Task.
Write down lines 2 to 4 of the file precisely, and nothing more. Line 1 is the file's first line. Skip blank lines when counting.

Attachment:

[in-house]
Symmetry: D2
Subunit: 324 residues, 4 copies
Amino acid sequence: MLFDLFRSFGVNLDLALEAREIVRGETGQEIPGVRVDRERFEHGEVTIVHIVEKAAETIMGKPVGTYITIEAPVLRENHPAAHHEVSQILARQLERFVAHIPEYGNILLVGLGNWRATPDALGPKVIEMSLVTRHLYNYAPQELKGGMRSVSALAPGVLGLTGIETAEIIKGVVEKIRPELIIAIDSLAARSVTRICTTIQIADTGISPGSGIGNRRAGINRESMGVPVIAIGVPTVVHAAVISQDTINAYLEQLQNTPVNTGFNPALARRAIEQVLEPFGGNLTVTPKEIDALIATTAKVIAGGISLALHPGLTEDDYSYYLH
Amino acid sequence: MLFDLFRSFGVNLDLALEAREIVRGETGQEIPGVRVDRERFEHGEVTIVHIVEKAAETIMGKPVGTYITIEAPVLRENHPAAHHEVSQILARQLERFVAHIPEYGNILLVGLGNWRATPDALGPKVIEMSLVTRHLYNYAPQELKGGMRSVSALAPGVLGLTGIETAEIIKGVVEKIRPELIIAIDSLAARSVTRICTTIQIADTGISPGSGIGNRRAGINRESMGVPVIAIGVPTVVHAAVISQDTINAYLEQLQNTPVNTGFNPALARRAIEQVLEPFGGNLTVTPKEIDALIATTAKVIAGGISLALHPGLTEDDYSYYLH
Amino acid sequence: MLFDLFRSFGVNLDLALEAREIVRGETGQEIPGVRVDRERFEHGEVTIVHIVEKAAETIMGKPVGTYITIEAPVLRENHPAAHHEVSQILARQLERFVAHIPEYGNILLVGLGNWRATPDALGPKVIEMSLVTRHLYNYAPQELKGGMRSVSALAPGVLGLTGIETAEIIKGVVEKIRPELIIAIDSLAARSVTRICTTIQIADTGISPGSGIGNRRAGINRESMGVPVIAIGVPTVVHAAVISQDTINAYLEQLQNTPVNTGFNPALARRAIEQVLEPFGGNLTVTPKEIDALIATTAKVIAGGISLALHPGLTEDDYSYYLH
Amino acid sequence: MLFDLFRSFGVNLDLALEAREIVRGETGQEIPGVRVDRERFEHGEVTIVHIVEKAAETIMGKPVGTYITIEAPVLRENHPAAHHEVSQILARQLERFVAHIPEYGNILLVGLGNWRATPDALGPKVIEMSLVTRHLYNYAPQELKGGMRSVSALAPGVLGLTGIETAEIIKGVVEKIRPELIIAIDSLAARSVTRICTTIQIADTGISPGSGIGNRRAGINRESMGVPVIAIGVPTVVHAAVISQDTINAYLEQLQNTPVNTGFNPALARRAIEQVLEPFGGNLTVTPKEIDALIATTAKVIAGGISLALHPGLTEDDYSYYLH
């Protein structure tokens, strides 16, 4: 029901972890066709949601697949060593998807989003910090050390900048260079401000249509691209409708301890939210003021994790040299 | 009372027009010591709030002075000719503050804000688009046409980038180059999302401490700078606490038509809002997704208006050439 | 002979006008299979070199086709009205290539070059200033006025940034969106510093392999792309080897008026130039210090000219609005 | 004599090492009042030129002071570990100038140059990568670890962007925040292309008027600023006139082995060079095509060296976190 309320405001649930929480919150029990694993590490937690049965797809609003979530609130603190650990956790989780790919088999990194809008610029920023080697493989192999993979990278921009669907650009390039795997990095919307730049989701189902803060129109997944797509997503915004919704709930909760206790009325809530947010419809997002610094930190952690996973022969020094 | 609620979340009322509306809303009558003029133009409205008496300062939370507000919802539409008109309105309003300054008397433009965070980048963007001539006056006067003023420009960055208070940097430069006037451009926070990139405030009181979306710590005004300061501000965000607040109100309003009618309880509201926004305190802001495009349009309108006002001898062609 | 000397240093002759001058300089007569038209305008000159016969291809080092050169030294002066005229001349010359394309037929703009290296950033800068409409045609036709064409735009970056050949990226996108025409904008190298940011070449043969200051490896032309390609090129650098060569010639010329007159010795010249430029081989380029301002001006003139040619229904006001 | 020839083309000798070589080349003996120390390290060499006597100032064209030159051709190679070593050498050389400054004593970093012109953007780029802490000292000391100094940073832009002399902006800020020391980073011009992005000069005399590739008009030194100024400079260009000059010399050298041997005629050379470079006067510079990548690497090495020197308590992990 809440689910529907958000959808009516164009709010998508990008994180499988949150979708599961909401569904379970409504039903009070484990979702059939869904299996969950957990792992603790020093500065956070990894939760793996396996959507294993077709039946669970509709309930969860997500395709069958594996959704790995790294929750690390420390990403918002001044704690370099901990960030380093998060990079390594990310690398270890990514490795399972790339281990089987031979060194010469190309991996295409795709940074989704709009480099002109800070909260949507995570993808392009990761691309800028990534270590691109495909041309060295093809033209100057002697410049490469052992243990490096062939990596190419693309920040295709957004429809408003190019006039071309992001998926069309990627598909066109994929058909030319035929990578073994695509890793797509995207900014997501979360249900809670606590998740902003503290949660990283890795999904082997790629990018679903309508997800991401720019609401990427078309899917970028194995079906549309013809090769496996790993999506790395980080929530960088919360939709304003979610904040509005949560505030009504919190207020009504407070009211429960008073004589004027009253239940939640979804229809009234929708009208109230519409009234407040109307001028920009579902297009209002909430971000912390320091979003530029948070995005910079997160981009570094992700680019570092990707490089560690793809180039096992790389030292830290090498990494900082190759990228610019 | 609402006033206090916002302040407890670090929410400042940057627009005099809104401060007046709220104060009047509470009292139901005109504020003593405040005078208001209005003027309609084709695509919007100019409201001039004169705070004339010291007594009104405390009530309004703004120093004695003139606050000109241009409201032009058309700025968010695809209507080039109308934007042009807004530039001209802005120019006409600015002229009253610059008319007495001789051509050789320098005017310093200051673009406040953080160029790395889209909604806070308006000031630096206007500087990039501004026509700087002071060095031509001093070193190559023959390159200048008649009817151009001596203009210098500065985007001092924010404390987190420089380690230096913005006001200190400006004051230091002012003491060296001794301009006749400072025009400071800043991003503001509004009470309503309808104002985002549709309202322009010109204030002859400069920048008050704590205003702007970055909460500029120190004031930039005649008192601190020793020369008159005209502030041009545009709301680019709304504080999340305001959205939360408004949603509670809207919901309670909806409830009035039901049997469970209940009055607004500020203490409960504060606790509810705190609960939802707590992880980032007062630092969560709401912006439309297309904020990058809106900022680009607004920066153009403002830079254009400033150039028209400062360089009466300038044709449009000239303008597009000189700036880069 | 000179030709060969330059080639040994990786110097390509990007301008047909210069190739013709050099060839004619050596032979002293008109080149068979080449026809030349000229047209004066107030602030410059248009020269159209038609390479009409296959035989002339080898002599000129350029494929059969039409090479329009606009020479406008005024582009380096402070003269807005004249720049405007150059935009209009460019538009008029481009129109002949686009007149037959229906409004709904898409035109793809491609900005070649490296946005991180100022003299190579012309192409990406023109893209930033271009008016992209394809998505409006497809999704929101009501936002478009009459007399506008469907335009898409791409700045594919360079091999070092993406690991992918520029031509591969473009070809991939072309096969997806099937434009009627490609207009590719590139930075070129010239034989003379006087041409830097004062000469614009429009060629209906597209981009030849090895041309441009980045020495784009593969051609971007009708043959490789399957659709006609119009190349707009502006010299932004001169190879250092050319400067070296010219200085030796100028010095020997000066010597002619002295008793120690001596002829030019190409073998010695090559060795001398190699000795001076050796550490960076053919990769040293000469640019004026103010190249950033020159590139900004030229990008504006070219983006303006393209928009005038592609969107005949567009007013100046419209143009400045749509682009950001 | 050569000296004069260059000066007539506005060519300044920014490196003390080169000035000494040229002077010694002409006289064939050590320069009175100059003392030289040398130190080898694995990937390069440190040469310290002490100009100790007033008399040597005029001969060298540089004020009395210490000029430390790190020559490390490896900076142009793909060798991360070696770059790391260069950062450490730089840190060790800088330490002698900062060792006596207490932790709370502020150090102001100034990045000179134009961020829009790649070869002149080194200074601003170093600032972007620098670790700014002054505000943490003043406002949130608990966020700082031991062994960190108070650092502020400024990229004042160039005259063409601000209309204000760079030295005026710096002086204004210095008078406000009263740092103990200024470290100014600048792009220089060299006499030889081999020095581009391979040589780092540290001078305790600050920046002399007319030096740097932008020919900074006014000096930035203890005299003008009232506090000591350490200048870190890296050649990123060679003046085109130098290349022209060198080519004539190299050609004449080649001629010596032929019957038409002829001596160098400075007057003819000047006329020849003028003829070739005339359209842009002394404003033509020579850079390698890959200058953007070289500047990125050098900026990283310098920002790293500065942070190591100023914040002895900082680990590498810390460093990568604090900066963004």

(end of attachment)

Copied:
Symmetry: D2
Subunit: 324 residues, 4 copies
Amino acid sequence: MLFDLFRSFGVNLDLALEAREIVRGETGQEIPGVRVDRERFEHGEVTIVHIVEKAAETIMGKPVGTYITIEAPVLRENHPAAHHEVSQILARQLERFVAHIPEYGNILLVGLGNWRATPDALGPKVIEMSLVTRHLYNYAPQELKGGMRSVSALAPGVLGLTGIETAEIIKGVVEKIRPELIIAIDSLAARSVTRICTTIQIADTGISPGSGIGNRRAGINRESMGVPVIAIGVPTVVHAAVISQDTINAYLEQLQNTPVNTGFNPALARRAIEQVLEPFGGNLTVTPKEIDALIATTAKVIAGGISLALHPGLTEDDYSYYLH